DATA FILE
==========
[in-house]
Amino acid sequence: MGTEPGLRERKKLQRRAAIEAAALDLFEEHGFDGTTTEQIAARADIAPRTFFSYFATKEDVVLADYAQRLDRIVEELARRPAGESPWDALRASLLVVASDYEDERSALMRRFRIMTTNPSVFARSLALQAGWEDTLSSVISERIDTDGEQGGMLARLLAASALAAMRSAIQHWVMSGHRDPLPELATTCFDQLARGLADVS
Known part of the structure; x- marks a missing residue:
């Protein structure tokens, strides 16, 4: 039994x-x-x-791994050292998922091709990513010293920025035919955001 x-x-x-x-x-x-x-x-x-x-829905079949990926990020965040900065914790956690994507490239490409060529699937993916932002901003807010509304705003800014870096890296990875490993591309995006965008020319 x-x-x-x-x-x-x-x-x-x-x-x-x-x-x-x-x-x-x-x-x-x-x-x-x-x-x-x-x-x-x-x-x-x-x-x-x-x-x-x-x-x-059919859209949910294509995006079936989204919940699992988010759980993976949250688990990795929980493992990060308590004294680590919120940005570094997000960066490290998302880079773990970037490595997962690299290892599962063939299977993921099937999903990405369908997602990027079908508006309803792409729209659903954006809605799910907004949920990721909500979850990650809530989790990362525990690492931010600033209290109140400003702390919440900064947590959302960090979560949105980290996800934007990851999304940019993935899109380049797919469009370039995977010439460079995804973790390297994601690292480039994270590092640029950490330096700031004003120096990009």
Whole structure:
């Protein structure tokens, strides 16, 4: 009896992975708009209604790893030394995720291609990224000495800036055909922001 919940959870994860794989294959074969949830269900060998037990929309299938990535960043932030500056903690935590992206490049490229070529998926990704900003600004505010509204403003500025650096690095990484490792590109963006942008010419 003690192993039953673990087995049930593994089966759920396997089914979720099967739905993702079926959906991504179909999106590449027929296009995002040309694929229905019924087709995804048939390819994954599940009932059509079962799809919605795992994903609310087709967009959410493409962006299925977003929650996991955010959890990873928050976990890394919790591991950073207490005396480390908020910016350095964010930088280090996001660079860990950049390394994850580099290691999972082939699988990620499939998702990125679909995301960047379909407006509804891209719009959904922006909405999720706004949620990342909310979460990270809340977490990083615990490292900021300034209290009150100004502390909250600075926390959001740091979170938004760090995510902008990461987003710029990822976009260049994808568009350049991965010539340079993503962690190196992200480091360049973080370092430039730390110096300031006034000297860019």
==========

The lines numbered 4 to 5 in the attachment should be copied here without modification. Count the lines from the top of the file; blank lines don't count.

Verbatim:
């Protein structure tokens, strides 16, 4: 039994x-x-x-791994050292998922091709990513010293920025035919955001 x-x-x-x-x-x-x-x-x-x-829905079949990926990020965040900065914790956690994507490239490409060529699937993916932002901003807010509304705003800014870096890296990875490993591309995006965008020319 x-x-x-x-x-x-x-x-x-x-x-x-x-x-x-x-x-x-x-x-x-x-x-x-x-x-x-x-x-x-x-x-x-x-x-x-x-x-x-x-x-x-059919859209949910294509995006079936989204919940699992988010759980993976949250688990990795929980493992990060308590004294680590919120940005570094997000960066490290998302880079773990970037490595997962690299290892599962063939299977993921099937999903990405369908997602990027079908508006309803792409729209659903954006809605799910907004949920990721909500979850990650809530989790990362525990690492931010600033209290109140400003702390919440900064947590959302960090979560949105980290996800934007990851999304940019993935899109380049797919469009370039995977010439460079995804973790390297994601690292480039994270590092640029950490330096700031004003120096990009």
Whole structure: